After nearly a year of launching missiles at a dartboard (missing more often than not), the record industry took a deep breath as summer segued into fall, and changed its tact. With December fast approaching, the new plan is switch to darts and fire as many as possible at the board. And, whaddya know, a few are starting to stick. Last week, five new albums entered the Top Ten and twenty-six joined the Top 200. This week, four more albums join the Top Ten, and thirty wandered into the Top 200. And so the parade will likely go until late December, because you can't stuff a digital download into a stocking.
Despite all the action, the 8 Mile soundtrack held on to Number One for the second straight week, and it did so without much of a fight. With a boost from the film's arrival in theaters, the album sold 508,000 copies, according to SoundScan, pushing it past 1 million copies sold, and suffering a drop of less than thirty percent in sales. The Eminem-centric record handily bested Justified, the heavily promoted solo debut by 'N Sync's Justin Timberlake, which sold 439,000 at Number Two. In Timberlake's defense, Justified kicked the bejeezus out of crosstown rival Nick Carter's Now or Never, which has sold 91,000 in two weeks of release and is sitting at Number Sixty-three.
The anthology fever continues to burn: U2's Best of 1990-2000 sold 185,000 copies at Number Three; Paul Simon's On My Way, Don't Know Where I'm Going didn't fare quite as well, but with a slighter promotional push, it still sold 13,000 copies at Number 108; and Bjork's Greatest Hits sold 200 copies fewer at Number 115.
And while Peter Frampton remains out of the spotlight, double-disc concert collections have sure come alive. The Dave Matthews Band sold 110,000 copies of Live at Folsom Field, Boulder Colorado, which squeaked into the Top Ten at Number Nine. Alison Krauss and Union Station's Live sold 37,000 at Number Thirty-six, and Eric Clapton's One More Car, One More Rider moved 32,000 units at Number Forty-three. And in the single-disc live format, Willie Nelson's Willie Nelson and Friends Stars and Guitars sold 10,000 copies at Number 133.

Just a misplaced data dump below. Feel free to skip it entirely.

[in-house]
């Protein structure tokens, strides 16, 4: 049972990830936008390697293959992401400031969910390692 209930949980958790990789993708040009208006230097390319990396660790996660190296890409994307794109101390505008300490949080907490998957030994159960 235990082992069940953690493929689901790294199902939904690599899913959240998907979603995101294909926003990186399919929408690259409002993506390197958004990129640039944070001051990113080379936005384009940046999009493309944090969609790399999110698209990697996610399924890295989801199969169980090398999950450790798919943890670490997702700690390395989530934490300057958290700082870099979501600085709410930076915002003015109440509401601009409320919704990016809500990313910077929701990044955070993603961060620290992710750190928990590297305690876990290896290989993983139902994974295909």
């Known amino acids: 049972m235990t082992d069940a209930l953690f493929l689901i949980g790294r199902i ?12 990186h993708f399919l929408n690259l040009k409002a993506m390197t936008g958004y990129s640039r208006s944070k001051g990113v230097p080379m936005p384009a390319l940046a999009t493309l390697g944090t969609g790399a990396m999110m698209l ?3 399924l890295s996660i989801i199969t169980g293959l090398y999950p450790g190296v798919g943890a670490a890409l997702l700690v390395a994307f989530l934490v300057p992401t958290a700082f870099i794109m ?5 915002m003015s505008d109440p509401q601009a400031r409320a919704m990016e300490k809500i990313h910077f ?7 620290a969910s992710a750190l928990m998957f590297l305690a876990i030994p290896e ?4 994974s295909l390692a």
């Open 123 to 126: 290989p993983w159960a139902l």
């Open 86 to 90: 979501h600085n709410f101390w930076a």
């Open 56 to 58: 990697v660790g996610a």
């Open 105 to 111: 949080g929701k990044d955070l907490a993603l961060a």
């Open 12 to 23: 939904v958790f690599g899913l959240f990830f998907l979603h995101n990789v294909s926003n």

The Country Music Association Awards sparked a Stetson invasion on the charts. Entertainer of the Year Alan Jackson saw his Drive ride up from Number Ninety-four to Number Twenty-three, with a sales jump from 13,000 to 50,000. His new holiday album, Let It Be Christmas, also moved 25,000 to debut at Number Fifty-two. Toby Keith's Unleashed (Number Twenty-two) enjoyed a 16,000 copy boost, while Kenny Chesney's No Shoes No Shirt No Problem (Number Twenty-nine) jumped 13,000 copies to 40,000. And the ripples continue: Martina McBride's Greatest Hits (Number Fifty-eight), Keith Urban's Golden Road (Number Fifty-nine), George Strait's Road Less Traveled (Number 120), Mark Wills' Greatest Hits (Number 140), Montgomery Gentry's My Town (Number 143), and Nickel Creek's This Side (Number 146) all enjoyed sales and chart jumps. Brad Paisley's Part II, Krauss and Union Station's New Favorite and Dolly Parton's Halos and Horns returned to the charts at Numbers 145, 191 and 199, respectively, after having fallen off weeks ago.
The only acts that seemed to suffer some were new albums by mid-level artists, who got smothered by higher profile newcomers and the CMAs boots. David Gray's A New Day at Midnight sold a sturdy 72,000 copies at Number Seventeen, a figure that, in early June, would have placed Gray's latest at Number Five. The Wallflowers might need another headlight to find their way back to the top of the charts: Despite being certified gold, 2000's Breach stiffed, at least compared to its four-times platinum predecessor, Bringing Down the Horse. And without a crackerjack hit, the band's new Red Letter Days didn't exactly burn up the charts, debuting at Number Thirty-two with sales of 38,000.
More darts went flinging at the board this week, as many high-profile releases hit stores yesterday. Jay-Z, Missy Elliott, Fat Joe and TLC all offer high profile rap and R&B records, a genre that remains vital, as Jaheim's Still Ghetto (Number Eight, 111,000 copies sold) proves. Crazy Town and Saliva are hoping to court the nu hard rock listeners, while Pearl Jam are aiming for fans a few years older. There's also a new Madonna track on the Die Another Day soundtrack. And a handful of those who dug Sting's "Desert Rose," might have decided to dig a little deeper and check out the latest by his cohort Cheb Mami.
Whether the piles of new releases will ultimately prove profitable remains to be seen. The busy release schedules certainly make the top of the charts appear more interesting. But as major-label records like Tom Petty's The Last DJ, India.Arie's Voyage to India, Shaggy's Lucky Day quietly slink down the charts with tallies below their past efforts, the backend of the turkey month chart might not have the sturdy legs to support the front.
This week's Top Ten: Music From and Inspired by the Motion Picture 8 Mile; Justin Timberlake's Justified; U2's Best of 1990-2000; Christina Aguilera's Stripped; Santana's Shaman; Faith Hill's Cry; Eminem's The Eminem Show; Jaheim's Still Ghetto; the Dave Matthews Band's Live at Folsom Field, Boulder Colorado; and Nirvana's Nirvana.
To read the new issue of Rolling Stone online, plus the entire RS archive: Click Here
CULTURE 14 Gonzo Masterpieces
Picks From Around the Web
blog comments powered by Disqus